I don't know why, but sunflowers just make you wanna smile. Especially when you stumble unexpectedly on a field of them. Maybe you’re cycling through the countryside and suddenly, boom—there they are! Makes your heart stop.
Perhaps it's their loopy oversized flower heads. Or that they grow tall as us, almost human. Whatever it is, their blazing, unapologetic sunny yellow never fails to wake us right up. Actually makes us feel sunny.
I’m not of course talking about van Gogh’s droopy dried-up bunches. That's a whole other kettle of paint, though you have to admit they do age gracefully. (Hope I look that interesting when I get old.)
But actually there’s more to sunflowers than meets the eye, which is one reason we love them so much at Joyfuel.
Sunflower seeds are an excellent source of many important nutrients, especially vitamin E and selenium. They also contain many beneficial plant compounds including phenolic acids and flavonoids, which function as antioxidants to help protect your body’s cells against free radical damage and a number of chronic diseases.
Lower blood pressure
Studies link sunflowers to other health benefits such as helping lower blood pressure, cholesterol and blood sugars.
A compound in the seeds blocks an enzyme that causes blood vessels to constrict. As a result, they're thought to help blood vessels relax, and lower your blood pressure. Magnesium in the seeds is also believed to help too.
Sunflower also plays a part in lowering cholesterol levels. Being rich in unsaturated fatty acids, especially linoleic acid, which your body uses to make a hormone-like compound that relaxes blood vessels, promoting lower blood pressure.
In a 3-week study, women with type 2 diabetes who ate 30 grams of sunflower seeds daily as part of a balanced diet experienced a 5% drop in systolic blood pressure (the top number of a reading).
Participants also noted a significant decrease in “bad” LDL cholesterol and triglycerides respectively.
A further review of 13 studies found people with the highest linoleic acid intake had a 15% lower risk of heart disease events, such as heart attack, and a 21% lower risk of fatal heart disease, compared to those with the lowest intake.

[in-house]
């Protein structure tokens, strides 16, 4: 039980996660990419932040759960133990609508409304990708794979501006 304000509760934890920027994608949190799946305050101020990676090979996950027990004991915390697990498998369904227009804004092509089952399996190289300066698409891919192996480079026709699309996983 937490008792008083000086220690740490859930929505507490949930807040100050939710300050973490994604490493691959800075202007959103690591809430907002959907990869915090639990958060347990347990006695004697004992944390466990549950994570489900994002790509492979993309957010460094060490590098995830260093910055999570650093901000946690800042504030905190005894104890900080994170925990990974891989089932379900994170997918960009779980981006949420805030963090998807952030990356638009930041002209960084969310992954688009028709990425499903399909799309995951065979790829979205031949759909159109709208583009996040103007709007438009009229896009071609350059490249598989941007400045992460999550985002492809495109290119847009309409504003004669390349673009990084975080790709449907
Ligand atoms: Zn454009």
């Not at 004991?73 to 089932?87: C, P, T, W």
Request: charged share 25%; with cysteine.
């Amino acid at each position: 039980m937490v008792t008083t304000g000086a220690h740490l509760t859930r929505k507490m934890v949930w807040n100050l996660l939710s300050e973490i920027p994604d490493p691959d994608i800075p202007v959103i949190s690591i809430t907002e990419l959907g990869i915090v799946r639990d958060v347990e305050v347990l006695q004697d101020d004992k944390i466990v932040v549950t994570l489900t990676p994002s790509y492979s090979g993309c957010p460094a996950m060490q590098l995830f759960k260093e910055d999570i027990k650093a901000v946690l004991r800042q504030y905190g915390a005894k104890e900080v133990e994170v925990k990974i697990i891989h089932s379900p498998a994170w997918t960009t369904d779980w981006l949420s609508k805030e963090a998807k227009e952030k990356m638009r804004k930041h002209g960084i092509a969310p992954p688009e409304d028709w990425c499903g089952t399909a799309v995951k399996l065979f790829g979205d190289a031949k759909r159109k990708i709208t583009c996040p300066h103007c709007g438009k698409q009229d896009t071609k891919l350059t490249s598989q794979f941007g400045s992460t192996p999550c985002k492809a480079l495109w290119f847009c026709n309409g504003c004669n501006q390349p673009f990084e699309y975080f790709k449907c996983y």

The effects of sunflower seeds on blood sugar and type 2 diabetes have been tested in a few studies and seem promising, though more research is needed.
Studies suggest that people who eat 30 grams of sunflower seeds daily as part of a healthy diet may reduce fasting blood sugar by about 10% within six months, compared to a healthy diet alone. It's thought this may partially be due to the plant compound chlorogenic acid.
Studies also suggest that adding sunflower seeds to starchy foods like bread may help decrease carbs’ effect on your blood sugar. The seeds’ protein and fat slow the rate at which your stomach empties, allowing a more gradual release of sugar from carbs.
While short-term inflammation is a natural immune response, chronic inflammation is a risk factor for many chronic diseases.
For example, increased blood levels of the inflammatory marker C-reactive protein is linked to an increased risk of heart disease and type 2 diabetes.
In a study in more than 6,000 adults, those who reported eating sunflower seeds and other seeds at least five times a week had 32% lower levels of C-reactive protein compared to people who ate no seeds.
Though not definitive, it is known that vitamin E — which is abundant in sunflower seeds — helps lower C-reactive protein levels.
At Joyfuel, we use whole and ground sunflower seeds abundantly in our treats, as well as sunflower lecithin which has another bunch of specific benefits. But we'll save that for another time....